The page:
3. Invest in national preparedness now as it will be too late when the next crisis hits. All governments should review their preparedness plans and allocate the necessary funds and people required to be prepared for another health crisis.
  4. Transform the current ACT-A into a truly global platform aimed at delivering global public goods including vaccines, diagnostics, therapeutics, and supplies that can be distributed swiftly and equitably worldwide—shifting from a market model to one aimed at delivering global public goods.
  5. Focus and strengthen the authority and financing of the WHO, including by developing a new funding model to end earmarked funds and to increase Member State fees.
  6. Create an International Pandemic Financing Facility, which would have the capacity to mobilize long term (10-15 year) contributions of approximately US$5-10B per year to finance ongoing readiness. It would also be ready to disburse from US$50-100B at short notice by front-loading future commitments in the event of a pandemic declaration. The Global Health Threats Council would allocate and monitor the funding to institutions which have the capacity to support the development of preparedness and response capacities.
  7. Heads of state and government should at a global summit adopt a political declaration under the auspices of the UN General Assembly to commit to these transformative reforms.

The Panel’s report also shared recommendations for individual countries, including that heads of state and government should appoint national pandemic coordinators who are accountable to them, and who have a mandate to drive whole-of-government coordination for pandemic preparedness and response.

The Panel is releasing the report and recommendations together, with a range of background papers which include the authoritative chronology of what happened. This is the culmination of multiple literature reviews, original research, discussions with experts in roundtables and in-depth interviews, and dialogue with those working on the front-line, with women and youth in town hall-style meetings. It also received online contributions to its work.

The Panel has consistently raised its deep concern that the burden of the current pandemic is being unevenly shared. It has had devastating social and financial consequences for those already disadvantaged. Up to 125 million more people are estimated to have been pushed into extreme poverty, while 72 million more primary school-age children are now at risk of being unable to read or understand a simple text because of school closures. Women have borne a disproportionate burden. Gender-based violence is at record levels, and child marriages have increased. In addition, the world lost US$7 trillion in GDP in 2020 – more than the 2019 GDP of the entire African continent (US$6.7 trillion). The pandemic has caused the deepest shock to the global economy since World War II.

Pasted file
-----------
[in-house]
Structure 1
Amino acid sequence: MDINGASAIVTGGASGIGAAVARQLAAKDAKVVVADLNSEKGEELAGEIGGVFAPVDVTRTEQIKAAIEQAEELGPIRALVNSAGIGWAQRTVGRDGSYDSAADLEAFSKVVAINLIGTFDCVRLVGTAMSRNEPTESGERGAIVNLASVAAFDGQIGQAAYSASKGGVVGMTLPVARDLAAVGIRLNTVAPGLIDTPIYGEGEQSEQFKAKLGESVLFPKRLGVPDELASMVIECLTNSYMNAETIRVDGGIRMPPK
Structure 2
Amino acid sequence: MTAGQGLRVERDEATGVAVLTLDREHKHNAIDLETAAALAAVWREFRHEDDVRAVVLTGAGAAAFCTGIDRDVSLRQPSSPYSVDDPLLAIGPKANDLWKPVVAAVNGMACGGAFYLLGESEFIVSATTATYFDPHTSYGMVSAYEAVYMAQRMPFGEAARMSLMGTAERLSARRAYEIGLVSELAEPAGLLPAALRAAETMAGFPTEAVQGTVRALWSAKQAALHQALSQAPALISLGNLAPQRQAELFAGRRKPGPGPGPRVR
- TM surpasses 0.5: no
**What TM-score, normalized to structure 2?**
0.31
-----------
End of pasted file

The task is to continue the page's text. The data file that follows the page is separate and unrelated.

The Independent Panel was established by the World Health Organization (WHO) Director-General in response to the World Health Assembly resolution 73.1 issued in May 2020. The Panel’s Co-Chairs are the Rt Hon. Helen Clark, former Prime Minister of New Zealand, and Her Excellency Ellen Johnson Sirleaf, former President of Liberia. The Independent Panel has a total of 13 members, selected by the Co-Chairs. The Panelists have a substantial mix of skills and expertise in infectious disease, global and national health policy and financing, outbreaks and emergencies, economics, youth advocacy, and in the wellbeing of women and girls. They also share knowledge of the international system, including of WHO, and experience from similar international processes. The mission of the Independent Panel is to provide an evidence-based path for the future, grounded in lessons of the present and the past to ensure countries and global institutions, including specifically WHO, effectively address health threats. They have spent the last eight months independently, impartially, and rigorously reviewing evidence of the spread, actions, and responses to the COVID-19 pandemic. Information on the panel members can be found here. They have conducted numerous literature reviews, original research and have learned from dozens of experts in roundtable discussions and in-depth interviews. The Panel has also heard directly from people working on the front-line of the pandemic in town-hall style meetings and has invited contributions from anyone wishing to make one.

Accompanying the main report and recommendations will be a series of background papers:

  1. Learning from The Past
  2. The Chronology Including Literature Review
  3. From Science to Policy
  4. National and Sub-National Responses
  5. Impact on Essential Health Services
  6. Access to Essential Supplies
  7. Access to Vaccines, Diagnostics, And Therapeutics
  8. Understanding Communication
  9. Community Involvement
  10. International Treaties and Conventions
  11. WHO – An Institutional Review
  12. The Economic Impact
  13. The Social Impact
  14. Human Rights

These are available publicly through the Independent Panel website.